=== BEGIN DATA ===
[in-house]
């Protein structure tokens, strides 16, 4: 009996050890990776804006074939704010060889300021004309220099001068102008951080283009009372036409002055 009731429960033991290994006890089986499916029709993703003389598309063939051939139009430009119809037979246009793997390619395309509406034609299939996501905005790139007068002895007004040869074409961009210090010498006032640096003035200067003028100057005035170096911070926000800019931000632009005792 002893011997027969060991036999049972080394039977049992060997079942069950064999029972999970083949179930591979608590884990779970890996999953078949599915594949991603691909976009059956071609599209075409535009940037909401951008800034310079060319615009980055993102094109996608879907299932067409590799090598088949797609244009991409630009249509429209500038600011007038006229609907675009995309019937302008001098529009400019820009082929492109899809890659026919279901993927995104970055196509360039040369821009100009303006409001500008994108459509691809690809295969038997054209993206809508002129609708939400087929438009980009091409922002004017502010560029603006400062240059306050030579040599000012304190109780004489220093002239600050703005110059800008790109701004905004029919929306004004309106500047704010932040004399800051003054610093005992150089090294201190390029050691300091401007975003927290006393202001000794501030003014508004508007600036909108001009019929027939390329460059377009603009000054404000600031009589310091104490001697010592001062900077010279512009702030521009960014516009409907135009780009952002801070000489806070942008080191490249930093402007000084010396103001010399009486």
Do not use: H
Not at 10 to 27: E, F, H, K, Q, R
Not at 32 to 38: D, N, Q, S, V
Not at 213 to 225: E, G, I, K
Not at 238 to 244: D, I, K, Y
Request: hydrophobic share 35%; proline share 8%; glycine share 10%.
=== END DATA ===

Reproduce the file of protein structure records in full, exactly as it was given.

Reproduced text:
[in-house]
């Protein structure tokens, strides 16, 4: 009996050890990776804006074939704010060889300021004309220099001068102008951080283009009372036409002055 009731429960033991290994006890089986499916029709993703003389598309063939051939139009430009119809037979246009793997390619395309509406034609299939996501905005790139007068002895007004040869074409961009210090010498006032640096003035200067003028100057005035170096911070926000800019931000632009005792 002893011997027969060991036999049972080394039977049992060997079942069950064999029972999970083949179930591979608590884990779970890996999953078949599915594949991603691909976009059956071609599209075409535009940037909401951008800034310079060319615009980055993102094109996608879907299932067409590799090598088949797609244009991409630009249509429209500038600011007038006229609907675009995309019937302008001098529009400019820009082929492109899809890659026919279901993927995104970055196509360039040369821009100009303006409001500008994108459509691809690809295969038997054209993206809508002129609708939400087929438009980009091409922002004017502010560029603006400062240059306050030579040599000012304190109780004489220093002239600050703005110059800008790109701004905004029919929306004004309106500047704010932040004399800051003054610093005992150089090294201190390029050691300091401007975003927290006393202001000794501030003014508004508007600036909108001009019929027939390329460059377009603009000054404000600031009589310091104490001697010592001062900077010279512009702030521009960014516009409907135009780009952002801070000489806070942008080191490249930093402007000084010396103001010399009486």
Do not use: H
Not at 10 to 27: E, F, H, K, Q, R
Not at 32 to 38: D, N, Q, S, V
Not at 213 to 225: E, G, I, K
Not at 238 to 244: D, I, K, Y
Request: hydrophobic share 35%; proline share 8%; glycine share 10%.